Eric Holder may be the least popular member of the Obama cabinet. He is at the center of many of the Administration's ugliest fights with left and right, over everything from drones to race. He has a special way of looking pained in nearly every photograph. But as President Obama's second-term cabinet takes shape, the biggest news may be that Holder, the single most politically important member of the cabinet, will stay for a second term.
Holder, whose position is formally less political than any other in the cabinet, is a vital political figure in the Obama Administration for three reasons. First, he has, without major exceptions, backed the president's views on executive power. Second, he has owned and absorbed the flak for many of the Administration's most politically challenging battles, from racially-charged fights over voting rights to the battle over so called "gunwalking" on the Mexican border. The third reason is simple: He has not led any politically damaging investigations into the Obama Administration.
In choosing Holder, a well-respected but low-profile Washington lawyer and former Deputy Attorney General who joined his presidential campaign early, Obama chose trust over symbolism. The Attorney General wields immense and independent power. A high-profile political figure chosen, like most Cabinet secretaries, for traditional reasons of politics, may act independently and do the president real harm. Some presidents have responded to that concern by appointing loyalists — in John F. Kennedy's case, his brother. Others, like the Bush Administration, have at times actively meddled in the Justice Department. The Holder model appears to be different. He carries no brief for Obama's staff, and has clashed with the likes of David Axelrod and Rahm Emanuel. But he is extremely close to the president.
"Holder is not a lackey in the mold of Bush '43 A.G. Alberto Gonzales," said Lloyd Green, a New York lawyer who was an aide to President George H.W. Bush. "But, Holder lacks the independence of Bush A.G. John Ashcroft and the professionalism of Holder's immediate predecessor, former federal judge Michael Mukasey. Holder is and remains very much about politics."
Holder has been with the White House on key questions, regardless of the ideological underpinnings: He has supported the legality of drone strikes and the raid on Osama bin Laden. He has also been the face of the high-profile fights over voting rights and Arizona's immigration law, both of which were key to mobilizing minority voters in the 2012 election. He did break with the White House once, ignoring Rahm Emanuel's eagerness to move forward and instead taking steps to investigate torture under the previous administration.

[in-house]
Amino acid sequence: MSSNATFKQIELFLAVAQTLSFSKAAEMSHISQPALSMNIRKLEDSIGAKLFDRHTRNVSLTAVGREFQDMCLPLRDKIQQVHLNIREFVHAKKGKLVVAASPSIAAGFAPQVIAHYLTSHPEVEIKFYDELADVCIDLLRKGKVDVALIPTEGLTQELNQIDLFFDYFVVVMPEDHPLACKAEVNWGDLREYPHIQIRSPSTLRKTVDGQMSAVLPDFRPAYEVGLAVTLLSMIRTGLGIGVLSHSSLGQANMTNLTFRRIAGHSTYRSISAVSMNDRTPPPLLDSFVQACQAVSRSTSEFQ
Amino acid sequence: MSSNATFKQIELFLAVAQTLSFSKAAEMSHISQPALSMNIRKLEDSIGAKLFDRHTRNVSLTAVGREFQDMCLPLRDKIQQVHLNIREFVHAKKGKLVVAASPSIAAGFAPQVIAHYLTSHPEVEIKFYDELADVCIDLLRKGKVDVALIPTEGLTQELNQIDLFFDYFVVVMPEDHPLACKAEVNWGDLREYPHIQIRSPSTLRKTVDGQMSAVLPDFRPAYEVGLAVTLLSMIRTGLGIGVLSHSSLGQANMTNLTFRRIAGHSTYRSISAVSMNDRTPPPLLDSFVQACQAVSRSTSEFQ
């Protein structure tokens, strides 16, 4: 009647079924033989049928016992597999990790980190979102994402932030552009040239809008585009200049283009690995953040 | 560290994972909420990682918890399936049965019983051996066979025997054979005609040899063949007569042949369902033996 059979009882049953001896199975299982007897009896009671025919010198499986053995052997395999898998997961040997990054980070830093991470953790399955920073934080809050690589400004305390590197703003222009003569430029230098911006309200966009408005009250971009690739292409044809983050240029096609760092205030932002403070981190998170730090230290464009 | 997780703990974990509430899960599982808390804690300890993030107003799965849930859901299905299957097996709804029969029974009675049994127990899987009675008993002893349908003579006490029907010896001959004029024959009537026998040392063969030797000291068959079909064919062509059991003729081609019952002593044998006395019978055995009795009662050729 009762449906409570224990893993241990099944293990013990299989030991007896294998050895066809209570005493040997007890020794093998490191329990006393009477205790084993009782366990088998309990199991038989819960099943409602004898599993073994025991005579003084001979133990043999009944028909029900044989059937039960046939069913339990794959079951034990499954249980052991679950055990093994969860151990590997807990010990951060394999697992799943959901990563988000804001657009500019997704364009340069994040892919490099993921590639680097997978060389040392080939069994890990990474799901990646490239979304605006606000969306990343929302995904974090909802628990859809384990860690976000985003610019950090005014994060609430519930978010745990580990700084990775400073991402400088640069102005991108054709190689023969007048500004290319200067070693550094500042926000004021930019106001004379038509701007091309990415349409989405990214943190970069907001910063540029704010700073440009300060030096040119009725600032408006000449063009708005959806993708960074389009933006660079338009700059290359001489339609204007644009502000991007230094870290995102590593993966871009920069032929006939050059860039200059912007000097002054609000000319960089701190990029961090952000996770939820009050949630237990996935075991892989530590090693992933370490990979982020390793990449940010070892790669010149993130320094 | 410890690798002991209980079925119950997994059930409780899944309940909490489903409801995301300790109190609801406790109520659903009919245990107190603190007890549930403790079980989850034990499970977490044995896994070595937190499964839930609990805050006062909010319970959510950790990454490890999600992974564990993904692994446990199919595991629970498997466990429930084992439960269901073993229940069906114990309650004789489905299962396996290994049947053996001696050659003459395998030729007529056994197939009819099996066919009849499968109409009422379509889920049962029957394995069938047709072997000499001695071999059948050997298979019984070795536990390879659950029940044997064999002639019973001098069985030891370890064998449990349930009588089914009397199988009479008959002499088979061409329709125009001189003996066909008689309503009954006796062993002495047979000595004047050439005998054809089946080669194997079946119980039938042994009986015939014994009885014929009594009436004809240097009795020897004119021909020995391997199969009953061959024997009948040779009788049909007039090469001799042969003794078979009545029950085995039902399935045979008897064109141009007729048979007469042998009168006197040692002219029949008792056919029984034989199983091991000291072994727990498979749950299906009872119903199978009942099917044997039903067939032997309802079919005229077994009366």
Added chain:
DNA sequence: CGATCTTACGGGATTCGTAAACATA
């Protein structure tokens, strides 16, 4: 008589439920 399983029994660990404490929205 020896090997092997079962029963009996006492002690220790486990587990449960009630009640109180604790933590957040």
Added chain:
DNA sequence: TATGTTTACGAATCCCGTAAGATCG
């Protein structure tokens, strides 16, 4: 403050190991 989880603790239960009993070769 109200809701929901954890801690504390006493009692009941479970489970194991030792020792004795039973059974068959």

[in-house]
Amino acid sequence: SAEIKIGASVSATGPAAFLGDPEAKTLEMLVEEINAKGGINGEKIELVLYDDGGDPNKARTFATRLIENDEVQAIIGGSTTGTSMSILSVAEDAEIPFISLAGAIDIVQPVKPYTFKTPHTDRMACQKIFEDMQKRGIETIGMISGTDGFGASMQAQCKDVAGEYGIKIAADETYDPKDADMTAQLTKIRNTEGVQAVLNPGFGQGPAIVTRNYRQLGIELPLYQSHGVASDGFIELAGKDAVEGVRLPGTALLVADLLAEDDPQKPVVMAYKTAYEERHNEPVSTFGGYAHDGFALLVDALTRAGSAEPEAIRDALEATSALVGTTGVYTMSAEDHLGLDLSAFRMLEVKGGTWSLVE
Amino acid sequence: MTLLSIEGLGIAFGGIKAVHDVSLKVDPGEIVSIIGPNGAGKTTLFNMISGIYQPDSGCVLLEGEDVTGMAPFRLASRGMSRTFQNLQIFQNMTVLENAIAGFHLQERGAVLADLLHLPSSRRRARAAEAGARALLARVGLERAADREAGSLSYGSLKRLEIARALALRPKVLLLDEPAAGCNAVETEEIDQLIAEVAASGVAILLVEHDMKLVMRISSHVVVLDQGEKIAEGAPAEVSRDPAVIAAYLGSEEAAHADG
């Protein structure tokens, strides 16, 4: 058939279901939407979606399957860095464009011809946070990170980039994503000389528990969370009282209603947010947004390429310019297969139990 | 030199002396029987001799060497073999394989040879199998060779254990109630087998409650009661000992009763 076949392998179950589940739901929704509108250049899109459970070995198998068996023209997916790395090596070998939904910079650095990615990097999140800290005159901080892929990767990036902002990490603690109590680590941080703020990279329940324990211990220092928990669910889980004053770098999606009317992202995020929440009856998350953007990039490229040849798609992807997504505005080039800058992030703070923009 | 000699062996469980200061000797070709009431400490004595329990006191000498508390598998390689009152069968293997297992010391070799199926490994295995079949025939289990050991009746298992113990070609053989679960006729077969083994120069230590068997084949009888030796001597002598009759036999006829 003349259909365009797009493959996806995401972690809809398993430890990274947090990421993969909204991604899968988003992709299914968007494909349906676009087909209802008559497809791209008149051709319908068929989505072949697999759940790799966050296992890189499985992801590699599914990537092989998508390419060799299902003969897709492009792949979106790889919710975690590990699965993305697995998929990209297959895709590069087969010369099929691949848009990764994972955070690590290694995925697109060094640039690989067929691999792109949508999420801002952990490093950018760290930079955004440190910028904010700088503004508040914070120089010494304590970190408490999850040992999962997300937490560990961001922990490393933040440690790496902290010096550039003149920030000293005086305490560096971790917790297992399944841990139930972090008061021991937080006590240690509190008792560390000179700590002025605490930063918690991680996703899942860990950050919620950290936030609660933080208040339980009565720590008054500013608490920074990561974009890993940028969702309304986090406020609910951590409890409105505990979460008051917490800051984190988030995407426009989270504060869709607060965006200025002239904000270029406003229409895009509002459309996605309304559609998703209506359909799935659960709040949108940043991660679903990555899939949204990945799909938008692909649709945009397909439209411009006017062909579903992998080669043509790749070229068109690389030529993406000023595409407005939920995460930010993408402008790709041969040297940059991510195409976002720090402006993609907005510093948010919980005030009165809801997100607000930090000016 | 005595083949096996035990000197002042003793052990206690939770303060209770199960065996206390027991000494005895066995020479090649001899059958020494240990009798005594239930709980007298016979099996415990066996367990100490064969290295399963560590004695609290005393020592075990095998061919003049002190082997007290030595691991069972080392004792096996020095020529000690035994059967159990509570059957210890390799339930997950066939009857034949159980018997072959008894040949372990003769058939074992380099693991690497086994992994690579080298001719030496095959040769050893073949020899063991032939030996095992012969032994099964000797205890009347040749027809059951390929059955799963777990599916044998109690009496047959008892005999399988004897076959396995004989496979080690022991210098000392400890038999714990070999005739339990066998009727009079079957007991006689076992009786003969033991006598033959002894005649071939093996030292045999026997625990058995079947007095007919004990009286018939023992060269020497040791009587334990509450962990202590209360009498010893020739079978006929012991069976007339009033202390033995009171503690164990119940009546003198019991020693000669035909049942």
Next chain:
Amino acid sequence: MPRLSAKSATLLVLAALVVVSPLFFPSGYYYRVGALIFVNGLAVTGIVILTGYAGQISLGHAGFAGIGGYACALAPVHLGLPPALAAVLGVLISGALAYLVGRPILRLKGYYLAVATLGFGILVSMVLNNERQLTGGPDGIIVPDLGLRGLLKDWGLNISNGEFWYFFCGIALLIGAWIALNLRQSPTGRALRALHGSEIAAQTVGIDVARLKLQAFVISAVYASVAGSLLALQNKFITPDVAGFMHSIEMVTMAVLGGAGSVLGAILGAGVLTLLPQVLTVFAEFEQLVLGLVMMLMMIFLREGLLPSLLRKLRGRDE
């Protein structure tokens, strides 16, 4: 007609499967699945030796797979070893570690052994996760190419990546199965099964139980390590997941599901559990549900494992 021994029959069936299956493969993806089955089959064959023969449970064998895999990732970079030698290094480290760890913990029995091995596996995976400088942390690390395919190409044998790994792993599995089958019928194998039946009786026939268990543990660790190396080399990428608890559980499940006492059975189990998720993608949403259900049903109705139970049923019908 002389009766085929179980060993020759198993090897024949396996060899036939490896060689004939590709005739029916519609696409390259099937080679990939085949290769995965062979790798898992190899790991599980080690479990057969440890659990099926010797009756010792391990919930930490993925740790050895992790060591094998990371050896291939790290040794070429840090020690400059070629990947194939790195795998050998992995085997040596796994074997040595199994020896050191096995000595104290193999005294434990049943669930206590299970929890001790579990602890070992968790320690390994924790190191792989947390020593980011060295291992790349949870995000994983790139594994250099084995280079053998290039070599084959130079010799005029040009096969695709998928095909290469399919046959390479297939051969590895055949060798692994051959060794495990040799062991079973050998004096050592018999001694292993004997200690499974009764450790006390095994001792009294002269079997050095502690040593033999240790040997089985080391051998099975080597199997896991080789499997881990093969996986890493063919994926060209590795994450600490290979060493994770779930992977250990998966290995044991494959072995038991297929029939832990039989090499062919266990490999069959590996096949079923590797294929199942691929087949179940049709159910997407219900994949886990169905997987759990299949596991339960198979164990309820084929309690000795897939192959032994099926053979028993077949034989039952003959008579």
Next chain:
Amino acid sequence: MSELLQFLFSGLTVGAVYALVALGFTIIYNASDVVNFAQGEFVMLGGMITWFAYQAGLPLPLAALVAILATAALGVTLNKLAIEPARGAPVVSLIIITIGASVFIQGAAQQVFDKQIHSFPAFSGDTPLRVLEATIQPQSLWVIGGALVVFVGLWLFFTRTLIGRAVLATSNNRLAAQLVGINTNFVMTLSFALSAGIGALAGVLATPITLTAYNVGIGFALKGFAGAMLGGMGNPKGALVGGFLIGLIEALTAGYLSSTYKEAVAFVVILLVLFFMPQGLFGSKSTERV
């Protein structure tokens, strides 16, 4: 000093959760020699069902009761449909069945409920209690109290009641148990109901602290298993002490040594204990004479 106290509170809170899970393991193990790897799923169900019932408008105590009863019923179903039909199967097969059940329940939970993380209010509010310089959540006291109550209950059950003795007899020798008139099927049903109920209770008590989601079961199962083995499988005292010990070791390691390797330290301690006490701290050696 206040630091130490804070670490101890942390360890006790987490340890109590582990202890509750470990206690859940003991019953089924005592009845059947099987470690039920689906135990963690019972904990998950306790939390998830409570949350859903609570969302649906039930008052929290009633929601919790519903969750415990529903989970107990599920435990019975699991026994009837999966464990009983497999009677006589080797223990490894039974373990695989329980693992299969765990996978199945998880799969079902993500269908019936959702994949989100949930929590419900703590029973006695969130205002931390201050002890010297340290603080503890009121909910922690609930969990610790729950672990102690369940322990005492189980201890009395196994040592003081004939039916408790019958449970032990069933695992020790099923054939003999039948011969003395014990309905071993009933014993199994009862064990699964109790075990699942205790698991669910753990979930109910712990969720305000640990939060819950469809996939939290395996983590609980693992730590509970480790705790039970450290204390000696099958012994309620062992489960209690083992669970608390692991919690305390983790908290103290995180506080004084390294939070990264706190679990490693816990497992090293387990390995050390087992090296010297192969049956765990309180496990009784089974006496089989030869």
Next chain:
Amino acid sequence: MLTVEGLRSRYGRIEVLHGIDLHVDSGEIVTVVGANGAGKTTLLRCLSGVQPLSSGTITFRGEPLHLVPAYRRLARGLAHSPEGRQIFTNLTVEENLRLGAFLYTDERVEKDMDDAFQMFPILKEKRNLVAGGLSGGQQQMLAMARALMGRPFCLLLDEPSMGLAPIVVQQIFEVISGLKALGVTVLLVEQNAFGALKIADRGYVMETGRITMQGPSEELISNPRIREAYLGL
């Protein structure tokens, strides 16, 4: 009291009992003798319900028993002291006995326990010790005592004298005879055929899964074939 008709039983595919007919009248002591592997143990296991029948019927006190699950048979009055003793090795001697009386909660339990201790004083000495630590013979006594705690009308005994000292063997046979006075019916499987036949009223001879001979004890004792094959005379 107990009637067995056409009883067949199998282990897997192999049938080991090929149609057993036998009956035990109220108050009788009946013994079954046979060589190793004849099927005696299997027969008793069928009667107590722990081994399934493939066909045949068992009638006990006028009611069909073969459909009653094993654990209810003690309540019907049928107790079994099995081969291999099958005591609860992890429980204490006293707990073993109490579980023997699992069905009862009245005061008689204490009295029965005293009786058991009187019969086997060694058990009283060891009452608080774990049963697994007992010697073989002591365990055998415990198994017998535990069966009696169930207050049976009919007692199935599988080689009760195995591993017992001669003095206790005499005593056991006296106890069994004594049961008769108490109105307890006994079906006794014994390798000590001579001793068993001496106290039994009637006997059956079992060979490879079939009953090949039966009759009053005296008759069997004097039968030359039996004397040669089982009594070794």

"One thing that people never understood about Holder's importance in this administration is how he has absorbed so many attacks that could otherwise land in the White House," said one former administration official who admires the Attorney General, and noted that the Justice Department dealt with such politically unpalatable questions as the Guantanamo Bay detention center and detainee trials. "Think of the three issues he's taken the most heat on: terrorism (KSM), race (Black Panther controversy, voting rights), and guns (Fast and Furious). Those are some of the most polarizing issues in politics, and he's been a heat shield on all of them."
"He's got the scars to show for it, but it's better to have a Cabinet official take those hits than have them land on the president. After all, the Attorney General's not on the ballot," the former official said.
All this means that conservatives who have tangled with the Obama Administration on legal issues carry a special grudge against Holder.
"President Obama probably could not have found a more pliant attorney general," said Judicial Watch President Tom Fitton, who accused Holder of looking the other way on Administration scandals.
Holder's return for the second term means that, in the eyes of the White House, he's done his job; even that he's indispensable. He's endured Congressional demands for his head. He also reportedly considered resigning in 2010, but Valerie Jarrett, another Obama intimate, reportedly told him that "this will not be good for you and it will not be good for your friend, the president."
What he has not yet endured, though, is an Administration scandal so clear, so extended, and so close to the top that it will set his loyalty and his responsibility directly at odds.
But he may get that chance. They say all the good scandals come in the second term.
Ben Smith is the editor-in-chief of BuzzFeed and is based in New York.
Contact Ben Smith at firstname.lastname@example.org.
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